The NFL remains cautiously (and perhaps cockeyedly) optimistic about the prospect of offseason programs happening in 2020. The more realistic view is that they won’t.
“I just don’t think the OTAs are going to happen at all,” Ravens president Dick Cass said, via the team’s official website. “I hope I’m wrong. I’m hoping we can get some players in [the facility] in June, but I’m sort of doubtful of that.”
His assessment is reasonable. As the COVID-19 virus continues what will be a likely migration through most if not all of the 50 states — and an inevitable spread through all major metropolitan areas — different locations are in different stages of the epidemic. It could take months before all hot spots have cooled to the point at which football practice safely can happen.
Teams are assuming an NFL season will be played. It’s unclear when it will begin, and there’s a chance that it won’t happen at all.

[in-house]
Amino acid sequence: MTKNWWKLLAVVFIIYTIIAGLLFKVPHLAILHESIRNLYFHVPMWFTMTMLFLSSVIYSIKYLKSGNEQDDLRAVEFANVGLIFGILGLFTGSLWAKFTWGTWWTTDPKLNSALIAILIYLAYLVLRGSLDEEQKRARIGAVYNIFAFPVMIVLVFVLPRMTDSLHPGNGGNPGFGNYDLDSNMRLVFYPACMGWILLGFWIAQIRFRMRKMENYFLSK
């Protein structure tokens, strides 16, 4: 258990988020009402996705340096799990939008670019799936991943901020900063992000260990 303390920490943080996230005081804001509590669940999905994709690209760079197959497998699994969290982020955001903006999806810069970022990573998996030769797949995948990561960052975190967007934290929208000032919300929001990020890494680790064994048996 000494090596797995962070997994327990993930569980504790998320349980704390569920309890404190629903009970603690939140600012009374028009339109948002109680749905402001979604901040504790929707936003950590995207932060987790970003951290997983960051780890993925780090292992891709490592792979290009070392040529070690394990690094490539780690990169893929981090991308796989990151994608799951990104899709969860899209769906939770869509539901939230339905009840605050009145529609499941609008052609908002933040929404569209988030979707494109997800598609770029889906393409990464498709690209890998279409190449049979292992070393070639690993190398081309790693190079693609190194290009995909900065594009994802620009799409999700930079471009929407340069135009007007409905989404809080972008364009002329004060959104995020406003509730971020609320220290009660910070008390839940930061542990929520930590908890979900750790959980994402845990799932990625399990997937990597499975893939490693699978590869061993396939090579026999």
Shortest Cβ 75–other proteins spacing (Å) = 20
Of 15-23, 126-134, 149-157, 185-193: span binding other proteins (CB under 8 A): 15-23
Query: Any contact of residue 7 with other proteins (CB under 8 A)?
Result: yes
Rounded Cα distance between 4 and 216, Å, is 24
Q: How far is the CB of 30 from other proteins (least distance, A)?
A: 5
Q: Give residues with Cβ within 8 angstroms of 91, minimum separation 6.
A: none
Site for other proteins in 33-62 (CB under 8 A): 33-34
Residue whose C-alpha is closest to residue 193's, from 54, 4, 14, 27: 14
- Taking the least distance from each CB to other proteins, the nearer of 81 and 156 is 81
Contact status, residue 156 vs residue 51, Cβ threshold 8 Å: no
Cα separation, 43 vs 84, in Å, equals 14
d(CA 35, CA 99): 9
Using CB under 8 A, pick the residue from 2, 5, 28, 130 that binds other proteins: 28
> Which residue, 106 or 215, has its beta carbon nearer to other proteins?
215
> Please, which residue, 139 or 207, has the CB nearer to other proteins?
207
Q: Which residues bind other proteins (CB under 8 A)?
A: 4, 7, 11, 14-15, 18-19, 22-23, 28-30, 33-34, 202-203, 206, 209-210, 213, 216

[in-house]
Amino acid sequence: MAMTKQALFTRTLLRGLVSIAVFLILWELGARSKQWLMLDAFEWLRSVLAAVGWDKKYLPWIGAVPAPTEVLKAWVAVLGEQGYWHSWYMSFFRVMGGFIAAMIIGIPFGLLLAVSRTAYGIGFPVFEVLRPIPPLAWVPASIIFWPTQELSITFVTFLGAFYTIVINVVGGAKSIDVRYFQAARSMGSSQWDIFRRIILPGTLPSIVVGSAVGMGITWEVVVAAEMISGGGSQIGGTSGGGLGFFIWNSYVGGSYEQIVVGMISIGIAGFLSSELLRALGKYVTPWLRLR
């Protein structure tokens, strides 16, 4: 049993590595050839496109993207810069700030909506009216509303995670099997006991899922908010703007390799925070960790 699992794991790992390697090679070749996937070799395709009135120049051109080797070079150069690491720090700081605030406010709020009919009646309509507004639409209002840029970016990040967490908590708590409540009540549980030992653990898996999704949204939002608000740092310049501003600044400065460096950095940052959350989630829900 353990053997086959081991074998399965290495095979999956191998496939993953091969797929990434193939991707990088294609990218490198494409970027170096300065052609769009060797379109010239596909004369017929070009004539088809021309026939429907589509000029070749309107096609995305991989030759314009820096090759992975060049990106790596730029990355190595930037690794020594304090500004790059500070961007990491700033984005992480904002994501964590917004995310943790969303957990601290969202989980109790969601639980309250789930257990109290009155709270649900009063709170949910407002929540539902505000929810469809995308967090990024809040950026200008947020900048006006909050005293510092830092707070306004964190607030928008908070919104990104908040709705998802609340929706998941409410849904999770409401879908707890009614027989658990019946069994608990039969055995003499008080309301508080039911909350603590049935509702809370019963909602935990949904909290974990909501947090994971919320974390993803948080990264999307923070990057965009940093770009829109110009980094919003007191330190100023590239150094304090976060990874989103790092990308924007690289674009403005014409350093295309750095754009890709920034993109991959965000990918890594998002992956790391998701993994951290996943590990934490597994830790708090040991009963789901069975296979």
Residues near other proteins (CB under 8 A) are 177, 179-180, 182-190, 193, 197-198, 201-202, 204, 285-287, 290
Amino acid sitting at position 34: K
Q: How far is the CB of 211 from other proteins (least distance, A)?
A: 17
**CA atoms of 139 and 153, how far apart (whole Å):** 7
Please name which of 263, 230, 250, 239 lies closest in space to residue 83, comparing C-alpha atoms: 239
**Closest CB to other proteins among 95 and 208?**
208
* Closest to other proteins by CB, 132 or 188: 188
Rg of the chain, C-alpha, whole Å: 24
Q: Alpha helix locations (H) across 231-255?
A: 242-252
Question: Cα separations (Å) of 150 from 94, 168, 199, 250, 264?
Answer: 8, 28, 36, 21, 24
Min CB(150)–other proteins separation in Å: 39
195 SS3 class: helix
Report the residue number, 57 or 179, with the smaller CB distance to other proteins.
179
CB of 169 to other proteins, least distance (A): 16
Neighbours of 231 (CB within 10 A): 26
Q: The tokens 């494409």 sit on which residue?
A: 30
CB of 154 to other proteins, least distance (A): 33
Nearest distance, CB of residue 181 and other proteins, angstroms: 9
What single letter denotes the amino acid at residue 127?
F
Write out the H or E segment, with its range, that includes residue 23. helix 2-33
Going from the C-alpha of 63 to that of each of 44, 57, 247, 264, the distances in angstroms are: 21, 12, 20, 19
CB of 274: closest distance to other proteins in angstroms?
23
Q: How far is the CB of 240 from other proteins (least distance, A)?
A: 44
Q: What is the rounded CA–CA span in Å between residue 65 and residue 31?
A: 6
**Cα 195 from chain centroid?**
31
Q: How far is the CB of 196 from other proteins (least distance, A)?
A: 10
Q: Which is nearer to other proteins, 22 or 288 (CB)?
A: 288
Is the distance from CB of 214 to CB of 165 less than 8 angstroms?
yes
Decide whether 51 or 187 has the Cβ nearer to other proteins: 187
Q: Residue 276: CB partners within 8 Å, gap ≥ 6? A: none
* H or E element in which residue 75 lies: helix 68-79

“It’s really hard to know about long-term impacts,” Cass explained. “A lot of that is going to depend on how long the stay-at-home order remains in effect. If it lasts a long time, it could have obviously an effect on our season. No one expects that, but you just don’t know. . . . We are going about the business of continuing to spend money on players. We’ve been active in free agency and other teams have [too] on the assumption we’re going to have a full season.”
Even if there’s a full season or something close to it, it’s hard to imagine full stadiums throughout the country. Perhaps the games will be played for TV only, in otherwise empty venues. Some teams, based on the realities of a local outbreak, may not be able to play home games at all.
Whatever the outcome, now is the time for the NFL to anticipate all potential developments and to plan for each of them, up to and including the possibility of having no football season at all.